Thyroid T3 Hormones

Free T3 Test And Levels

A patient that is experiencing depression or other problems that may be related to thyroid hormone production should ask a local doctor to perform a free T3 test to determine if this is the underlying problem. T3, or triiodothyronine, is a hormone found in the blood and produced within the thyroid. The difference between regular T3 and free T3 is that the free T3 hormones are unbound to proteins. It is thought that the free hormones control biological action. Certain conditions, such as pregnancy or using birth control pills, may alter the regular T3 levels, but the amount of free T3 hormone generally remains the same.

There is some controversy over what constitutes normal free T3 levels. Different sources advise different levels. As the role of the thyroid is not completely understood, it is difficult to determine which sources are accurate. According to the National Academy for Clinical Biochemistry, the normal range of free T3 levels in a healthy person should be between 3.5 and 7.7 pmol/L (0.2-0.5 ng/dL). However, one company that produces laboratory tests for free T3, Diagnostic Automation Inc., estimates that a person should have 1.4-4.2 pg/mL. Yet another source, the Family Practice Notebook website, provides a different opinion. They state that normal thyroid function should include a free T3 range of 230-619 pg/dL. Depending on the testing method used, a laboratory may establish another set of ranges for a normal person.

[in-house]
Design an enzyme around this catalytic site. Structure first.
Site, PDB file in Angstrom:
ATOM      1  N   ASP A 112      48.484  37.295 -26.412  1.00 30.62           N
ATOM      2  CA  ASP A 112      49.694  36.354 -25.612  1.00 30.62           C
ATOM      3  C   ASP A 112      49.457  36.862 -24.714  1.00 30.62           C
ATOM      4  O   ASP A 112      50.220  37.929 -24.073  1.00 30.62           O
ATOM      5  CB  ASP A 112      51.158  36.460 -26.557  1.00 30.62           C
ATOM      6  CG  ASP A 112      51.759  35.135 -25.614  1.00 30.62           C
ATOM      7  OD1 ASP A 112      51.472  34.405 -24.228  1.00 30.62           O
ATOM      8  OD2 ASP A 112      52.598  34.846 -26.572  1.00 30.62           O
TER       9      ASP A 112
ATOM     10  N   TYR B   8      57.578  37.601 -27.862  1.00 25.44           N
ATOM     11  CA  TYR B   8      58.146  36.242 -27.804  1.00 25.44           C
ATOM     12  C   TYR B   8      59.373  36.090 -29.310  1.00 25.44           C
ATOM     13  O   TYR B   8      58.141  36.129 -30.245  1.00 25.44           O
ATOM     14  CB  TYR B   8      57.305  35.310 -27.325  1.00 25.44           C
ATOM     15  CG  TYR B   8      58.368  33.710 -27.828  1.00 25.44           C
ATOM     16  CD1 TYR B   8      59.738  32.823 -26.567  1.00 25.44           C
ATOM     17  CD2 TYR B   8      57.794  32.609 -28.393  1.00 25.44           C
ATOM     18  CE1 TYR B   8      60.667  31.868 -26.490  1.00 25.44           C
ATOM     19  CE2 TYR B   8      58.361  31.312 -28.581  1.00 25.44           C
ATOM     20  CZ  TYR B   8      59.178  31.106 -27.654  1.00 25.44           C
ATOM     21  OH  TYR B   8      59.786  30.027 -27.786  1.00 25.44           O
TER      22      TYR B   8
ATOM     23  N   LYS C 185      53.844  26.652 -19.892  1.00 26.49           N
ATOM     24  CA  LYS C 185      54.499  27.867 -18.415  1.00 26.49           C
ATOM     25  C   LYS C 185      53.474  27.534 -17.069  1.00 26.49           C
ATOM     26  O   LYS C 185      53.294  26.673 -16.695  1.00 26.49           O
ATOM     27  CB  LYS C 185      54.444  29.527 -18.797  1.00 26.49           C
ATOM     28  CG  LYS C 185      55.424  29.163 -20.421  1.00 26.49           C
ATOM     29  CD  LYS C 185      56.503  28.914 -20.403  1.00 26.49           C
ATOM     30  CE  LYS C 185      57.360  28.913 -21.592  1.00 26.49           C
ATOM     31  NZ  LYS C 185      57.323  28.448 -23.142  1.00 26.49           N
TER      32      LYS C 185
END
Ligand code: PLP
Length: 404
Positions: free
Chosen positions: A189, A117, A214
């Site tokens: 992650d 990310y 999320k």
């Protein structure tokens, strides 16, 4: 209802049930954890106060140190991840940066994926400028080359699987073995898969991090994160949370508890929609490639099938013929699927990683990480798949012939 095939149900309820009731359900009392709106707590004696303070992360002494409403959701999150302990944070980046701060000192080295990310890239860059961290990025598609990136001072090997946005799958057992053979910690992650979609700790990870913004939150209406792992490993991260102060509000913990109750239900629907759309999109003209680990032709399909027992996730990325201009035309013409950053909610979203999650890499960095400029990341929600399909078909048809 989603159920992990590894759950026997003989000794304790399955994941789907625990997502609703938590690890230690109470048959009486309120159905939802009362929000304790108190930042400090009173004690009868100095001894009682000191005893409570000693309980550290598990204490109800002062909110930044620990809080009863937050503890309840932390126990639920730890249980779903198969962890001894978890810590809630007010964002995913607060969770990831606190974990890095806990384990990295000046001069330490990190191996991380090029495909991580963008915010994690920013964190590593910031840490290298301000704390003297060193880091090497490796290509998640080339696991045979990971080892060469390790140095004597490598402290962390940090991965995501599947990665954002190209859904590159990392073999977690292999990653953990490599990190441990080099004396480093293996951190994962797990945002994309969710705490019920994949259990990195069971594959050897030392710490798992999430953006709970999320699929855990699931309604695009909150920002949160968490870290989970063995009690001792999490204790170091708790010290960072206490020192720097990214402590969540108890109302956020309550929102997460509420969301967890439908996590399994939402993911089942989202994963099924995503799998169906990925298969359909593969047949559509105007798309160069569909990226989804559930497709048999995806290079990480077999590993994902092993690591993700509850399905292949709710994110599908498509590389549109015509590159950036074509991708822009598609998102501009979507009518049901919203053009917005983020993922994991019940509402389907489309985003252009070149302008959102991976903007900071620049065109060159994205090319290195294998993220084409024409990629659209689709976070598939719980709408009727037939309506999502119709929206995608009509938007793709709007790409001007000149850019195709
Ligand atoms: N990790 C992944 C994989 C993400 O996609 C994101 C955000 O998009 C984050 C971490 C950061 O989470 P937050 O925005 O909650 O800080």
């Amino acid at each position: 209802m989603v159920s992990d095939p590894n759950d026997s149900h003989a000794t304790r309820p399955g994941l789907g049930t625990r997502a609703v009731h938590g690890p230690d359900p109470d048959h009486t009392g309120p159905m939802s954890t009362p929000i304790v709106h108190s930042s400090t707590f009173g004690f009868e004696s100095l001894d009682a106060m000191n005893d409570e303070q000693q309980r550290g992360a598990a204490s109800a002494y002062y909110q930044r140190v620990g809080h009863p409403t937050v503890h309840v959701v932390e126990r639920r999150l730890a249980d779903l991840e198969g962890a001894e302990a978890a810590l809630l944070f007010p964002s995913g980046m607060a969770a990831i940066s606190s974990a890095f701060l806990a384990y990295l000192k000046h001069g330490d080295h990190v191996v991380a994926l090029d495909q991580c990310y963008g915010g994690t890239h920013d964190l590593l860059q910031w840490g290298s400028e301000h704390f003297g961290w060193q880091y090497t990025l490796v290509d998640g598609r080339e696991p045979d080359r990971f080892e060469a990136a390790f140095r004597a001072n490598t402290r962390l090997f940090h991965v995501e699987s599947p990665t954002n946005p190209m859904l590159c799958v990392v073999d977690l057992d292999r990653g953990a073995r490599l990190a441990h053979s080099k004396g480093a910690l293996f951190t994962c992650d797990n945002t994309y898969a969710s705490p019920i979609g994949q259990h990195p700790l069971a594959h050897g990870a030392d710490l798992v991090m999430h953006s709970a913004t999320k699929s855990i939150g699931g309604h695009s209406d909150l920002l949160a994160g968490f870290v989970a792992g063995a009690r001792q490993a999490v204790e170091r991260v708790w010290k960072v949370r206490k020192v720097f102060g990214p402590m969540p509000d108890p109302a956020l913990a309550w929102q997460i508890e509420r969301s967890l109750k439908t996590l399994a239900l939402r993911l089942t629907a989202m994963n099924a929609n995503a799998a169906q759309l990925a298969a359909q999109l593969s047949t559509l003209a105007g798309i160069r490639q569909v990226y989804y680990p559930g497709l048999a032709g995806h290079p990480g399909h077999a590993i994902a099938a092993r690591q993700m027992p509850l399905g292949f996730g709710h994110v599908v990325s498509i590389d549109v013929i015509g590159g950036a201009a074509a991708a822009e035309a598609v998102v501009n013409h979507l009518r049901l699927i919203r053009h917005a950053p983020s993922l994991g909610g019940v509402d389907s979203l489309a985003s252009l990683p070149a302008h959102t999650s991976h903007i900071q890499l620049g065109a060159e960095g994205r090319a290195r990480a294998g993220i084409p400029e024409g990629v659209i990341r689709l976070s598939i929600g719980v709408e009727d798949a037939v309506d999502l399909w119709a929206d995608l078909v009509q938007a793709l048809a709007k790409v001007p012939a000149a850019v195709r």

One of the leading laboratories used for evaluating free T3 is Quest Diagnostics. They have a slightly more specific normal range of 230-420 pg/dL. Therefore any amount less than 230 pg/dL is considered low free T3 and anything higher than 420 pg/dL is considered high. There is a direct correlation between decreased free T3 levels and the condition of depression.

The test utilized in determining thyroid hormone levels consists of a sample of blood that is analyzed by an endocrinology lab. The test will result in accurate measurements of a patient’s T3, T4, FT4, FTI, and TSH levels. This will include both free T3 and T4 levels as well as those bound to proteins within the blood. A total combination of these hormone levels can be an accurate indicator of both hyperthyroidism and hypothyroidism if they appear in increased or depressed amounts. The presence of TSH, or thyroid stimulating hormone, is what tells the thyroid gland to increase or decrease the production of T3 and T4 hormones. T4, or thyroxin, is split into free and regular types. The overwhelming majority of T4 is bound to plasma proteins, but approximately 5% is used in metabolism when it is free. It is considered by many experts to be the best determining factor of abnormal thyroid function. In addition to these levels, a total free thyroxine index, or FTI, will be computed based on the results of each hormone level. This index is commonly used as well as the free T3 test to diagnose thyroid problems.